Politics has always been the realm of hyperbole and the distortion of truth, but I can't remember a politician who is as disingenuous as Barak Obama. I have wondered for some time if he should not be considered the first postmodern president. In 2008 he tapped into the felt need of many Americans for a leader who transcends politics and who will take a pragmatic and long range approach to solving the complex problems we faced as a nation. Now, in 2012, we see that it was all just a cover for his own deeply progressive ideology. His words did not mean what we thought they did, and he was very intentional in the choice of those words. I do not say this out of partisanship, but out of a concern for truth and the negative effects of the extreme relativism at the fouindation of postmodernism. The problem, in fact, is not President Obama, it is the forces that have shaped him.
Our universities, including graduate programs and law schools, are dominated by postmodern thought. As an example, I would point out Sonya Sotamayor's comment about a "wise latina" compared to an older white male. And President Obama is a product of these institutions, being engaged in the Harvard Law Review and lecturing at the University of Chicago Law School. The irony is that for all its emphasis on tolerance and diversity, postmodernism divides the world by ethnicity, gender, class, and culture. But its worst influence lies in its view of words and ideas. In the postmodern view, words and ideas have been used to justify the oppression of women and minorities, thus turning the tables and using words for the sake of these select groups is perfectly reasonable. In postmodernism, the battle of ideas becomes all out war, and in war the end justifies the means.
This cynical view of "truth," while it may provide a form of success in the short term, in the end is exposed by the harsh light of reality. To claim that something is true does not guarantee that it is actually true. Postmodernism because of its extreme relativism doesn't even believe in truth, it only believes in words. In that light, it is very important for us to look at what the Bible means by the word. I have taught for years a principle I learned from Watchman Nee and from my own life experience. The principle is, "For every doctrine (teaching) of the Bible, there is a reality. God is not as concerned for us to know the doctrine as He is for us to enter into the reality which the doctrine represents." It is not enough for us to know about salvation, or even to know the steps to take, we must enter in, by faith, and experience the reality of salvation.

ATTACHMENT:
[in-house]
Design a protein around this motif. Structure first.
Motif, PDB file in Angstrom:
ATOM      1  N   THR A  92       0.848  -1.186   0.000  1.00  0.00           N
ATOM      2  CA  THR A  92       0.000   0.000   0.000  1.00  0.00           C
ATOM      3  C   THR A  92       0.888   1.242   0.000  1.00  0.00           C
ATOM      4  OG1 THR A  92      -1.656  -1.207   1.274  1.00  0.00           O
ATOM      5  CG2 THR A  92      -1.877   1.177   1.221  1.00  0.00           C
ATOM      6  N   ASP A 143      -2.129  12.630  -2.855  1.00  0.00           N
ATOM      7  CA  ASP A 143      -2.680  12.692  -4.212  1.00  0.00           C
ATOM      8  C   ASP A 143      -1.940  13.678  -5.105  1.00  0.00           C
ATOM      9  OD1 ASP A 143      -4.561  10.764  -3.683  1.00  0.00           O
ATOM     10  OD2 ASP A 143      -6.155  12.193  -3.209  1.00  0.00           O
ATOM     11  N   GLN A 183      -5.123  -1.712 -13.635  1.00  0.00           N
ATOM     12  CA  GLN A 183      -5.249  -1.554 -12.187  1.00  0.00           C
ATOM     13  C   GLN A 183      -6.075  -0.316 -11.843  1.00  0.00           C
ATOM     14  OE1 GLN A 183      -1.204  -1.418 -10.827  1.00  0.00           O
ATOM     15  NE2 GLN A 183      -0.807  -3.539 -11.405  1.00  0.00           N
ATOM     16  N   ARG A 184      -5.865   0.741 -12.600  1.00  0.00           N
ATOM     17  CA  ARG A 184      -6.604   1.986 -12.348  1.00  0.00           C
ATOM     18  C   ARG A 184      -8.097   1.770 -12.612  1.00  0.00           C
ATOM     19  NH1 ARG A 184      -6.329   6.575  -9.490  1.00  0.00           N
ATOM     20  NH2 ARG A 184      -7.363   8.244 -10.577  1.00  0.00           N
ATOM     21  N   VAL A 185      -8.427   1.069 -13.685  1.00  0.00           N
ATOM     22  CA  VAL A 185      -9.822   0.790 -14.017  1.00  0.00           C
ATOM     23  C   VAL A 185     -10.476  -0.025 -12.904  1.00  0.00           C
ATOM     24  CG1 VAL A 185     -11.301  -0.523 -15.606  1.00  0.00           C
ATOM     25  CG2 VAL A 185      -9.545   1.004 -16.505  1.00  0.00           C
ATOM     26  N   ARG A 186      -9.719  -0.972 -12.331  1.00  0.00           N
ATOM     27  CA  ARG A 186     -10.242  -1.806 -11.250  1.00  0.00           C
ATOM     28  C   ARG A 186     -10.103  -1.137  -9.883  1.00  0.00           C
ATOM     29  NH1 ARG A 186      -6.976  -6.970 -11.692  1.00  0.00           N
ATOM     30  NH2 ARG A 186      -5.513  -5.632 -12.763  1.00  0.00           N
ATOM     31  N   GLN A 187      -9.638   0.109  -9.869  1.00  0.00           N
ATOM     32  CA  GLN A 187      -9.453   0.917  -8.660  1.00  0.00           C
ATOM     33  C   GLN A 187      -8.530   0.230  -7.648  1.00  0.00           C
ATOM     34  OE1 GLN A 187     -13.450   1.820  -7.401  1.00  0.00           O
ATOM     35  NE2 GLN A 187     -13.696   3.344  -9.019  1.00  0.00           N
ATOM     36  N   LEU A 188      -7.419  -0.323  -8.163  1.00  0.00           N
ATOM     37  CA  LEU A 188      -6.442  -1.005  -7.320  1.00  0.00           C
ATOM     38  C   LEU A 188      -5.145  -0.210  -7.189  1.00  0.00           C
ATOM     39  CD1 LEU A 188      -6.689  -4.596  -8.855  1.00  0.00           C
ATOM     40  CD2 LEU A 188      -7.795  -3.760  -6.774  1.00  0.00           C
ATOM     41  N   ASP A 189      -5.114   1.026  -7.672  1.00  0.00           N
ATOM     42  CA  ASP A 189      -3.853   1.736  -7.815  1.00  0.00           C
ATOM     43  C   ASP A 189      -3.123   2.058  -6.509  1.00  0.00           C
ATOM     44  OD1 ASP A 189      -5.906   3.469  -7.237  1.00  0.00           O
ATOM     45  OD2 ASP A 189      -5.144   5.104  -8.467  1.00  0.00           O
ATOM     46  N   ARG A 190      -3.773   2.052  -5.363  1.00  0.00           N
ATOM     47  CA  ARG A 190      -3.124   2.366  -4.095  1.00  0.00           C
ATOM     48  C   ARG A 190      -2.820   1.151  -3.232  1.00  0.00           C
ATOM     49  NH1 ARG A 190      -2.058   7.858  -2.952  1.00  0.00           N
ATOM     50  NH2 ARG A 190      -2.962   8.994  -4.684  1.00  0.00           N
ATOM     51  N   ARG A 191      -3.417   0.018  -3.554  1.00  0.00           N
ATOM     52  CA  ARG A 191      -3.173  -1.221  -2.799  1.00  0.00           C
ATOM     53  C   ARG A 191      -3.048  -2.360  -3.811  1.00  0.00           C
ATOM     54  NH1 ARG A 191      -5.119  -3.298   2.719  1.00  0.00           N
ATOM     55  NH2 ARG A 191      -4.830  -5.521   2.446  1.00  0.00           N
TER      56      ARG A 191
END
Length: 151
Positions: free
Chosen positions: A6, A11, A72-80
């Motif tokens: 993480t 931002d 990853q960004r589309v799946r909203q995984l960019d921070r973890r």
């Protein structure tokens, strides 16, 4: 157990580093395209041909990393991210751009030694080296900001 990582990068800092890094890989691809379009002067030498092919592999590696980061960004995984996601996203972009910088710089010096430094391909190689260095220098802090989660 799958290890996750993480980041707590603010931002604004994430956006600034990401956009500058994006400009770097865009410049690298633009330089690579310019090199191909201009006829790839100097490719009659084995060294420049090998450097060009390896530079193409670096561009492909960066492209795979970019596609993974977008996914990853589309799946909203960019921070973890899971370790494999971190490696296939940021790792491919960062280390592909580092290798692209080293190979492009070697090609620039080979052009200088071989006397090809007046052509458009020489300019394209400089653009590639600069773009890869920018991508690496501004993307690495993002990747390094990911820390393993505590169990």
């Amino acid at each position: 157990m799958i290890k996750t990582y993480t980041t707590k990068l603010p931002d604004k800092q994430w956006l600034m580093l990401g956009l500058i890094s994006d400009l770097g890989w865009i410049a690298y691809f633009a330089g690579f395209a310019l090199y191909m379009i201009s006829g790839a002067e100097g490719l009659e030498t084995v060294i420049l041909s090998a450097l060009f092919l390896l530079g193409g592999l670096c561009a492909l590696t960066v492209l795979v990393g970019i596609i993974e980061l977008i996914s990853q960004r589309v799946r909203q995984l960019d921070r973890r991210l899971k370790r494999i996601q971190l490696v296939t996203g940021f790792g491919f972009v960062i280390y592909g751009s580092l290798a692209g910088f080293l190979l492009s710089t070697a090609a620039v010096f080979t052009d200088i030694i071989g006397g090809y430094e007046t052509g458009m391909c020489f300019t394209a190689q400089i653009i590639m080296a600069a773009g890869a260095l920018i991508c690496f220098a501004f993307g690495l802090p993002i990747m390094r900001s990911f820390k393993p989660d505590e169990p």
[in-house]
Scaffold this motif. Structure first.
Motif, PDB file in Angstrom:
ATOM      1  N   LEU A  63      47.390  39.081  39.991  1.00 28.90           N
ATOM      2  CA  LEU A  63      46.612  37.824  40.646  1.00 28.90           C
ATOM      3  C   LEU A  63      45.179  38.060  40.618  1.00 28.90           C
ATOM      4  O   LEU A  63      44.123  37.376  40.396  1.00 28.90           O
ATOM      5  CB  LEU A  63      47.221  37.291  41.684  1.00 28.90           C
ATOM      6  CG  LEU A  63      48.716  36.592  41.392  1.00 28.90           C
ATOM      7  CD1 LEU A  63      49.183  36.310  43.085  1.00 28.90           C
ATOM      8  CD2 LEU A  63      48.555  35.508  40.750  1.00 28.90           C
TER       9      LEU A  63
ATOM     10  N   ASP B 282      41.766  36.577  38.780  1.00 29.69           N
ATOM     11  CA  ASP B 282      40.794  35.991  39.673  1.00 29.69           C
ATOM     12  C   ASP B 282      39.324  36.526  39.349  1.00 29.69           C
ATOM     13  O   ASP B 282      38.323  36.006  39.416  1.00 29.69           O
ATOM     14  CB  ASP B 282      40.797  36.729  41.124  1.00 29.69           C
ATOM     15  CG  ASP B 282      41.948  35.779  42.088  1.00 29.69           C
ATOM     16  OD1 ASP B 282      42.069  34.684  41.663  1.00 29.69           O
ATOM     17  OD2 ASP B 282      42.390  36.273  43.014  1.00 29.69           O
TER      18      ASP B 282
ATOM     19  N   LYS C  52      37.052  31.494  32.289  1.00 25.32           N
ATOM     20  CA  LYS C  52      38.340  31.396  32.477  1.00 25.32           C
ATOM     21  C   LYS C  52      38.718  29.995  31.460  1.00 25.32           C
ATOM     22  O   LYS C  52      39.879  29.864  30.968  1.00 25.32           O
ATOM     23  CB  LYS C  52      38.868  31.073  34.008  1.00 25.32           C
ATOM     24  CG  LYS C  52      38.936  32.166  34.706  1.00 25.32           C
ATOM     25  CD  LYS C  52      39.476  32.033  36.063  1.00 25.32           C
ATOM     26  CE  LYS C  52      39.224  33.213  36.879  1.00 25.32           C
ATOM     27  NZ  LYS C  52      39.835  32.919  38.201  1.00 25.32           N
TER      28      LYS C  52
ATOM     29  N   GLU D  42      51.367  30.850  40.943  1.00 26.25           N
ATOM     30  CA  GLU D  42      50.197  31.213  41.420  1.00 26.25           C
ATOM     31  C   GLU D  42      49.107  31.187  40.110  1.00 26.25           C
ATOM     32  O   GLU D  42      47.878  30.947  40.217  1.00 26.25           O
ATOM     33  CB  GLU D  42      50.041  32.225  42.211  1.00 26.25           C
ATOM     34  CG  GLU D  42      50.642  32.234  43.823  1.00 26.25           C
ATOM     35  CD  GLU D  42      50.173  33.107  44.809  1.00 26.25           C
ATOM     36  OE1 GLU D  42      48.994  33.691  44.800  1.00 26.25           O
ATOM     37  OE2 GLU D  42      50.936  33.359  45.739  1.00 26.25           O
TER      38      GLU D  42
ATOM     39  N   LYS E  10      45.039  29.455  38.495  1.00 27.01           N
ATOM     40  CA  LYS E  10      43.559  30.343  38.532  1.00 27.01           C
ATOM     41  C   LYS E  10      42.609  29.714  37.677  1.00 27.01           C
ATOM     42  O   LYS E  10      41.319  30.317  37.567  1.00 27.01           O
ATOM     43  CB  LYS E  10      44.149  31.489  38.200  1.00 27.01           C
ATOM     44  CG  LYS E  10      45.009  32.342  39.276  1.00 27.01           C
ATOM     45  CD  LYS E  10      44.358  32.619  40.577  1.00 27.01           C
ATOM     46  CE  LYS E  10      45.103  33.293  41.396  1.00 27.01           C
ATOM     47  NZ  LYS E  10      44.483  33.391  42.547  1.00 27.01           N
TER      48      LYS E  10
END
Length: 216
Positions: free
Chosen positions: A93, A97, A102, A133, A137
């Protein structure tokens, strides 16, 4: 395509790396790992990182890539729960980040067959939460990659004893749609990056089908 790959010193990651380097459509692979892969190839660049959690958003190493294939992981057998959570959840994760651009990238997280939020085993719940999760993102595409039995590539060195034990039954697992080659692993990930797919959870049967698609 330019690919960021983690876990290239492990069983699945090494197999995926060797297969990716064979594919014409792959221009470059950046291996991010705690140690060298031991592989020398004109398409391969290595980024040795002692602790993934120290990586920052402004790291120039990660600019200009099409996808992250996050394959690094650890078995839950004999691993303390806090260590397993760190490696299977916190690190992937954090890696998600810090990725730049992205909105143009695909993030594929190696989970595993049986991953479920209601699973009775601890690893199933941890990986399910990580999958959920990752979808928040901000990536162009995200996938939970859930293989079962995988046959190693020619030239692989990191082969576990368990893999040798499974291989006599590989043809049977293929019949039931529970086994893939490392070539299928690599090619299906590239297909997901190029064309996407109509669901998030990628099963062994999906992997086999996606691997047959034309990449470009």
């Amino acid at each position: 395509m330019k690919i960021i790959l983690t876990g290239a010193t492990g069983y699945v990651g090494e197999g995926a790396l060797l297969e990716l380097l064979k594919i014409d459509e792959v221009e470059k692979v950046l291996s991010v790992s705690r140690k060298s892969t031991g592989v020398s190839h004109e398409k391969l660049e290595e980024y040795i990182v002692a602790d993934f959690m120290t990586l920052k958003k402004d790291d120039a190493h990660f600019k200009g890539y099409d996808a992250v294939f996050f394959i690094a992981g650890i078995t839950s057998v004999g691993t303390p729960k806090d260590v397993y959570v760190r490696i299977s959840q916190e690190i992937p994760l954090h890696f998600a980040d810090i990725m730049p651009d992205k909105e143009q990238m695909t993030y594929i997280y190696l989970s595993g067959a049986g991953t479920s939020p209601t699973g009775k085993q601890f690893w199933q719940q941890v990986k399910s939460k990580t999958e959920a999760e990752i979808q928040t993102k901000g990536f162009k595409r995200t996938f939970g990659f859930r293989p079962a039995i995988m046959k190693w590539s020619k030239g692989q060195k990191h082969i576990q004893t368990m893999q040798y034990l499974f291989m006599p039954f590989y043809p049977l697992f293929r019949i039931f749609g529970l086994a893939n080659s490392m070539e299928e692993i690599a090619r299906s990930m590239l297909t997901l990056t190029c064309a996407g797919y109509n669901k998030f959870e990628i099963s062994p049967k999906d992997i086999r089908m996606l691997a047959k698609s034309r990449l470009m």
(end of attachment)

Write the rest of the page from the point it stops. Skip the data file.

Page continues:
When John wrote, "In the Beginning was the Word..." He was referring to the widely held belief of his day, that the universe was the product of the vast eternal wisdom of the logos. Men have always recognized that must be some great ordering principle and, indeed, intlligence behind the order and structure of the universe. Before we ever knew of genetics and DNA, men understood that the development of a beautiful flower from a tiny dark seed required a profound design and design required intelligence. They called this design and designer the logos.or the wisdom that produced the world (both material and immaterial). The apparent condition of the world is that it is built upon objective truth and that objective truth governs all aspects of life, including human behavior and society. To deny this obvious fact is to live in delusion or, to put it in contemporary terms, "denial." The postmodern attempt to make reality whatever we want it to be, is the ultimate fools errand. It is the act of creating a fantasy that will eventually come crashing down.
My point is that, in this election season, we must be looking for leaders who will not only tell us what we want to hear, but what we need to hear. Politics today is such that honesty and difficult choices get punished, thus the common understanding that Social Security is the "third rail" of public policy, touching it guarantees unelection. We must get beyond this kind of selfish, "what's-in-it-for-me" approach to whom we elect. We live in a time when truth is under attack, and yet I have never seen a time when we need to face the truth of our situation more than today. Therefore, we must be people of truth, confident of our Lord's promise, "You shall know the truth and the truth shall make you free." (John 8:32)